About thirteen months ago, I asked someone very close to Andrew Luck and his family what they were going to do about entering the draft early and selecting an agent. The reply to my question was summed up in five words; “The Luck’s have a plan”. Most likely their plan was to play their hand close to the vest, listen to a few options but make no commitments, and keep it in the family.
I personally took a shot at representing Andrew but I was respectfully told that my services would not be needed. It was obvious from other agents I spoke with that also took a run at representing Andrew that there was indeed a plan already in place.
Andrew Luck will be represented by his uncle, Will Wilson, who passed the NFL certification exam in in 2010. He is an attorney who teamed with Wasserman Media group out of Los Angeles, CA. He does have a lot of experience in the sports industry but any agent will tell you that nothing can prepare you for doing business with the 32 NFL ruling families and their gatekeepers.
That’s right, Luck, who is considered the prize draft pick of the decade, will be represented by a newbie, beginner, virgin, start-up, rookie, freshman, and first-time NFL agent. Call him what you want but he is now the envy of the sport representation industry. Many agents are quietly skeptical and critical of Andrew’s decision. Some agents I spoke to at the Senior Bowl practices this week are even calling it a foolish move. On the marketing front, Andrew will be represented by Wasserman Media Group who is most known for its work in the action sports arena of skating, snowboarding, motor-cross and their recent acquisition of SFX Golf.
I, for one, applaud his moves. I don’t have detailed knowledge of what motivated Andrew to go in this direction but by connecting the dots, I have a good idea of what the thought process may have been. I had predicted back in June of 2011, that the new rules in the CBA could level the playing field for agents. The Luck’s may be starting a new trend that may be opening the door for a wave of less experienced agents.
Why a beginner can get the rookie deal done
Oliver Luck, Andrew's father, is the key to ensuring his success.
One of the reasons I write about my industry is to demystify the business and pull the veil back so young players and their families can make educated and informed decisions. Getting an NFL contract done does take some expertise, some mettle, some experience (helps to have a relationships with team execs), and a deep understanding of the new CBA. A smart, focused and competent individual can get a top rookie deal done with hand holding from the NFL Players Union.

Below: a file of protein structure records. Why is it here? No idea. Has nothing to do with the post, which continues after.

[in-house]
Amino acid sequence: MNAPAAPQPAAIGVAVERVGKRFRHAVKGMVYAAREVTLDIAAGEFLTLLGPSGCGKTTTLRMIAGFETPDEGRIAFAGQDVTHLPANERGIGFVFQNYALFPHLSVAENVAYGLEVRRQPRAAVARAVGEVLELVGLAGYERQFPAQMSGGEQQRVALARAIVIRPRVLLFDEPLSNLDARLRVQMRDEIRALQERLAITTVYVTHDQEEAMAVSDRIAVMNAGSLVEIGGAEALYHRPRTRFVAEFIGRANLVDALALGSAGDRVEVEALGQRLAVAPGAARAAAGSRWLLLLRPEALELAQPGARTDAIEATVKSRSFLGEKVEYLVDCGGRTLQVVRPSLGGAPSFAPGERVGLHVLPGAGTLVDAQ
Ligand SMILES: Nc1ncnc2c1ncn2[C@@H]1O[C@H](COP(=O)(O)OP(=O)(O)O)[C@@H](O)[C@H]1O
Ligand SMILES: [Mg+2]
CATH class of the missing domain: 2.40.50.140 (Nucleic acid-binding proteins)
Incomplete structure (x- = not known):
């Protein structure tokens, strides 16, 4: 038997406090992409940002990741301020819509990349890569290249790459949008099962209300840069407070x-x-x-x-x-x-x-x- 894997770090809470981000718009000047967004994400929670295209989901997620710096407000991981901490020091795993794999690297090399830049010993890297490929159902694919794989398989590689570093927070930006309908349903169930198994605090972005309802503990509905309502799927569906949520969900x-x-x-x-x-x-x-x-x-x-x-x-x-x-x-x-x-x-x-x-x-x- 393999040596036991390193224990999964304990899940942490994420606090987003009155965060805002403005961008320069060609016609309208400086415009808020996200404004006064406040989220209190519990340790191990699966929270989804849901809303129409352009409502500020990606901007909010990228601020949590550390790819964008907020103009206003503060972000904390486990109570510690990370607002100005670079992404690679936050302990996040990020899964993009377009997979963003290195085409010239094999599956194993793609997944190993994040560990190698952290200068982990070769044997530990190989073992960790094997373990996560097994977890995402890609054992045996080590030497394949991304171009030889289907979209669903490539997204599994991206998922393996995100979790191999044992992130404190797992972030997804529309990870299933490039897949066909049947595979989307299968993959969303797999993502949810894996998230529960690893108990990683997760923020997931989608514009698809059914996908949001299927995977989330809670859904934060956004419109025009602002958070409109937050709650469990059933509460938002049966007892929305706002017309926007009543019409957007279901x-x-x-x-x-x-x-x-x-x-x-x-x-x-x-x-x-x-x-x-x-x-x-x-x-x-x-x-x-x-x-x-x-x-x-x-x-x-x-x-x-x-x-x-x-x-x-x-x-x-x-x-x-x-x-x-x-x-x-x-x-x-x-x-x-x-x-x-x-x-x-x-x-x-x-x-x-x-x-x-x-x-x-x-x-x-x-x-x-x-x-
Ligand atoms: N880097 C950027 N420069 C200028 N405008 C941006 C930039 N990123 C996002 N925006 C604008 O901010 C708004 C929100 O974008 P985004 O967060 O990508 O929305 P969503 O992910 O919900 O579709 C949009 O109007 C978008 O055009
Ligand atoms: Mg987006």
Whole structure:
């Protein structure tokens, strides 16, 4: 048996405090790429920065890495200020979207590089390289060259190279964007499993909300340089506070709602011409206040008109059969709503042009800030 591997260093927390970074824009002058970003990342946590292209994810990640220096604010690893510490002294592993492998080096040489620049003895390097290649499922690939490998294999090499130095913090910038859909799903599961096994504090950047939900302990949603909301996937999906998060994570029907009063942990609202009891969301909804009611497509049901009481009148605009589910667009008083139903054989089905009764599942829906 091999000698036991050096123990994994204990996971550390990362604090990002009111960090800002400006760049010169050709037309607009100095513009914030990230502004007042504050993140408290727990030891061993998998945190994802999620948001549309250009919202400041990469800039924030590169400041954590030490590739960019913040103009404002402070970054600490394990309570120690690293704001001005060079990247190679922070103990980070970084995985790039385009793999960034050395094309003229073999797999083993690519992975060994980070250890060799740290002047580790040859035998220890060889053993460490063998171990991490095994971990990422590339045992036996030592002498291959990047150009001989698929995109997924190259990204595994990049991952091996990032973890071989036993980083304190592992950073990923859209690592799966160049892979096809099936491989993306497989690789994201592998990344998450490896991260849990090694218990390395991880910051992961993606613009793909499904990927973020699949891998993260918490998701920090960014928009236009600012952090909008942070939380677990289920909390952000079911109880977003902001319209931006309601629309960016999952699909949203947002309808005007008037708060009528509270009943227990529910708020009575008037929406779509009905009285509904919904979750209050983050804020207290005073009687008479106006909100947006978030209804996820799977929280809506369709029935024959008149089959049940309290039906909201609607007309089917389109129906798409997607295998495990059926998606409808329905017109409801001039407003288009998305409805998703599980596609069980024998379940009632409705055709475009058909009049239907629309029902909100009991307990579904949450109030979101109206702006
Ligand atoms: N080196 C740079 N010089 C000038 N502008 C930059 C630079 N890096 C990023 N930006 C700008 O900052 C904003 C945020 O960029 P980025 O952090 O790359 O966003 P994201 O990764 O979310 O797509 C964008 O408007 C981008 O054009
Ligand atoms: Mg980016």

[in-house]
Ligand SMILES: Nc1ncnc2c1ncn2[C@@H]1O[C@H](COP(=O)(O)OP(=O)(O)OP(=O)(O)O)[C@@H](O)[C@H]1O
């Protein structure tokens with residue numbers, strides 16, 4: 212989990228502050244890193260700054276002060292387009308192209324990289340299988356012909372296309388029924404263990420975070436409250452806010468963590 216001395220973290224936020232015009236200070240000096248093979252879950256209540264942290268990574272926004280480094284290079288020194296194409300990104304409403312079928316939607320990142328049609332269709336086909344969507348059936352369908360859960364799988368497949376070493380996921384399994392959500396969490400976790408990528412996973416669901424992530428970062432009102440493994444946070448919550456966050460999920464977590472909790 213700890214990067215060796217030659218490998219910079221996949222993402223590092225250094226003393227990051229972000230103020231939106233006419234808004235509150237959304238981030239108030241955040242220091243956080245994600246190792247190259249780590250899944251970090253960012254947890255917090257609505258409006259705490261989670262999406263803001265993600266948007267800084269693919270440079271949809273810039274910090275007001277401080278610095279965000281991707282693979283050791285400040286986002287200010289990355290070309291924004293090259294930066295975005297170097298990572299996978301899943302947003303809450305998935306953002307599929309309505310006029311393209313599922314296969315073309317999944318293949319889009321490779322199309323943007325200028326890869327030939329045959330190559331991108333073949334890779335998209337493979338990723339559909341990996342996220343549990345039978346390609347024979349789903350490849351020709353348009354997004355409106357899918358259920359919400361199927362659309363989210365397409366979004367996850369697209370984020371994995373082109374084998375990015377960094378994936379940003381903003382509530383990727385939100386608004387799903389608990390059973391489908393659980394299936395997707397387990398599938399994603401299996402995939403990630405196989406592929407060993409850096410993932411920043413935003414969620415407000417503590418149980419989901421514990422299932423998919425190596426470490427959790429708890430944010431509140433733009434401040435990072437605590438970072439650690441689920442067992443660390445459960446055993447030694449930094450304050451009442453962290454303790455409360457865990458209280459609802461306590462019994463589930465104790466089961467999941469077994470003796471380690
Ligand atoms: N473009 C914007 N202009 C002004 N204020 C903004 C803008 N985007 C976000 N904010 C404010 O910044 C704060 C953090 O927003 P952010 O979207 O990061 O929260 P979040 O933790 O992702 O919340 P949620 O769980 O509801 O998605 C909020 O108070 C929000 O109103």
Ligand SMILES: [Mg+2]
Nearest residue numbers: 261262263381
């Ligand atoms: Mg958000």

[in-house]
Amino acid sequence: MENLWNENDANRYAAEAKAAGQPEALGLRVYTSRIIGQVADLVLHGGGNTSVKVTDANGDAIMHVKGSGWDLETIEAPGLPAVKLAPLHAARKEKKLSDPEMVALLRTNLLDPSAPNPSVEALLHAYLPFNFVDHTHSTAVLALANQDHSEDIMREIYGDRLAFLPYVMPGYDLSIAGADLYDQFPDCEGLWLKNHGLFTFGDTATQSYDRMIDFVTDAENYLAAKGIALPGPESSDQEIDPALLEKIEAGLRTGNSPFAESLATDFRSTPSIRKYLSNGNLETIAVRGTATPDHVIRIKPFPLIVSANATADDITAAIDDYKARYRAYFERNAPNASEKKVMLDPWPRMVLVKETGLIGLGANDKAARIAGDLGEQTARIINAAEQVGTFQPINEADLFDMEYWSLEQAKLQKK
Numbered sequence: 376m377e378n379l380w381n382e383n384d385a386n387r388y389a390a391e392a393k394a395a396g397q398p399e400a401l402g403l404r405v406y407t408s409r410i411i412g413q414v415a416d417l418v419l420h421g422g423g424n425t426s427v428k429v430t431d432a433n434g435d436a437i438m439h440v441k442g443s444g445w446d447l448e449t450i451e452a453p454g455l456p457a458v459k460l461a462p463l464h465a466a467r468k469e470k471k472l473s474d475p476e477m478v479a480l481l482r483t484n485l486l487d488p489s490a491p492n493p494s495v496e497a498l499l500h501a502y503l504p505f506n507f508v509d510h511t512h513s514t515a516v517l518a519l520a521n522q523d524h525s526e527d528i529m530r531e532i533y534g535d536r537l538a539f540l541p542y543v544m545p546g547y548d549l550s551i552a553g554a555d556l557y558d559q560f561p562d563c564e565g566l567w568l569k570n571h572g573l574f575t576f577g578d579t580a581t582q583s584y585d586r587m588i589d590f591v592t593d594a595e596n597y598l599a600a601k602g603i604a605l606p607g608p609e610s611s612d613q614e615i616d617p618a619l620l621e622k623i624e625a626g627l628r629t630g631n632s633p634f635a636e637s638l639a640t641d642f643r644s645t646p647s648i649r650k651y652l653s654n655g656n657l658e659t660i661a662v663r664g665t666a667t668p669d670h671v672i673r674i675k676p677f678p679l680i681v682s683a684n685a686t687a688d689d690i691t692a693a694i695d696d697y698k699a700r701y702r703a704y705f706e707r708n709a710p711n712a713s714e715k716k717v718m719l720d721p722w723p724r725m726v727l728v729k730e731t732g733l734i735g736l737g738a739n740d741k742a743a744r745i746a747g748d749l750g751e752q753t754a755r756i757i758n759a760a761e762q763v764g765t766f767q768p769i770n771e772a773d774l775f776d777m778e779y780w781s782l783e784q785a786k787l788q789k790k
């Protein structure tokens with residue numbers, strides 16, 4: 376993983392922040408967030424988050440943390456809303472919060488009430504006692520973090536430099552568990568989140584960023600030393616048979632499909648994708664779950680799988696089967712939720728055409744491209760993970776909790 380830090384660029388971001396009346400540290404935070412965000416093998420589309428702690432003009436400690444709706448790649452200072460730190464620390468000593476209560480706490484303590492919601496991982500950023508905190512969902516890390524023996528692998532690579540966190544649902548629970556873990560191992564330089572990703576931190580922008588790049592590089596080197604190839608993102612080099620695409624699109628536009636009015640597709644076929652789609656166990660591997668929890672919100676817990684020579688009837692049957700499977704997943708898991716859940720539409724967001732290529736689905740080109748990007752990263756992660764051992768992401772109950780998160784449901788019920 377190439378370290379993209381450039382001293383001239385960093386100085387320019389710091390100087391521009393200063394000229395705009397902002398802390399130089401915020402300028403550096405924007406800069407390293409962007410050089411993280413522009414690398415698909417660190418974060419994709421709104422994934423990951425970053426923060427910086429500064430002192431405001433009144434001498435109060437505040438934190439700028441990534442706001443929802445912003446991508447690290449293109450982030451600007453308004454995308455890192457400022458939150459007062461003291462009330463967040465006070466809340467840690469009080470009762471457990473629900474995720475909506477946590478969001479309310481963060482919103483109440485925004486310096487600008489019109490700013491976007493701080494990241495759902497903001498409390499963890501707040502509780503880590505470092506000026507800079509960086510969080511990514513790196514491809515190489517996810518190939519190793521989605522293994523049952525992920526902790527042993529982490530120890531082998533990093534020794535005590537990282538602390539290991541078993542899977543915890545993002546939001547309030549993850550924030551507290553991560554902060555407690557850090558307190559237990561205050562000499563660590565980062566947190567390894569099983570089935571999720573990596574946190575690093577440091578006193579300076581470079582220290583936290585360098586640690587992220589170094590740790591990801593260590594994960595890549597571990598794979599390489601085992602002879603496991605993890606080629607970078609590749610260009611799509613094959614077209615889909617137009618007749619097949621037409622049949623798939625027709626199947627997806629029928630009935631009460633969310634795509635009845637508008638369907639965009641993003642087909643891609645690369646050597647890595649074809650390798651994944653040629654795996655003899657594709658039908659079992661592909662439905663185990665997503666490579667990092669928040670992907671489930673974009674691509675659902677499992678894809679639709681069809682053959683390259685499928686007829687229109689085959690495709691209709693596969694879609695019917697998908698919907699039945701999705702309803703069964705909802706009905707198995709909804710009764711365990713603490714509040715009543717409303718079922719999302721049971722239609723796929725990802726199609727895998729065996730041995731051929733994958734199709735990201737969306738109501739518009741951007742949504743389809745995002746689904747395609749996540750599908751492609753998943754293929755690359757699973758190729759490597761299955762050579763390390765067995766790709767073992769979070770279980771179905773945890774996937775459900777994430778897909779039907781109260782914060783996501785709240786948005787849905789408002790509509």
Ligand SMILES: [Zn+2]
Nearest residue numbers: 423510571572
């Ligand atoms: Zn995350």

The Union will have incentive to make sure that the first overall pick/slot is thoroughly maxed out as it will affect every other pick in the draft. With less moving parts and even less monies available for top ten picks under the new CBA, the first overall pick (assuming it is Andrew) could be completed by summer as if done by a veteran agent.
A special circumstance
The X factor in this deal is Oliver Luck. Currently the AD at West Virginia, Oliver played in the NFL, was an attorney and has relationships at every level of the NFL as well as the Players Union. As a former NFL player he understands the landscape on the deal making side and is most likely the anonymous backstop for Andrew’s representation team. Not to be confused with a meddling father type, he is far from it. I am told he can step out of the father role and act as an unselfish, strictly business like confidant for Andrew. In other words, Oliver was most likely the compass in the agent decision-making process.
*Note: For all other players, if you don’t have an Oliver Luck in your corner, please don’t try this with your career.
CONTINUE READING ABOUT ANDREW LUCK ON PAGE TWO...
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How NFL teams approach that integral period of time that takes place from free agency until the draft.
MAR 07 Joel Corry
Front offices and agents of soon-to-be free agents can begin discussions this weekend.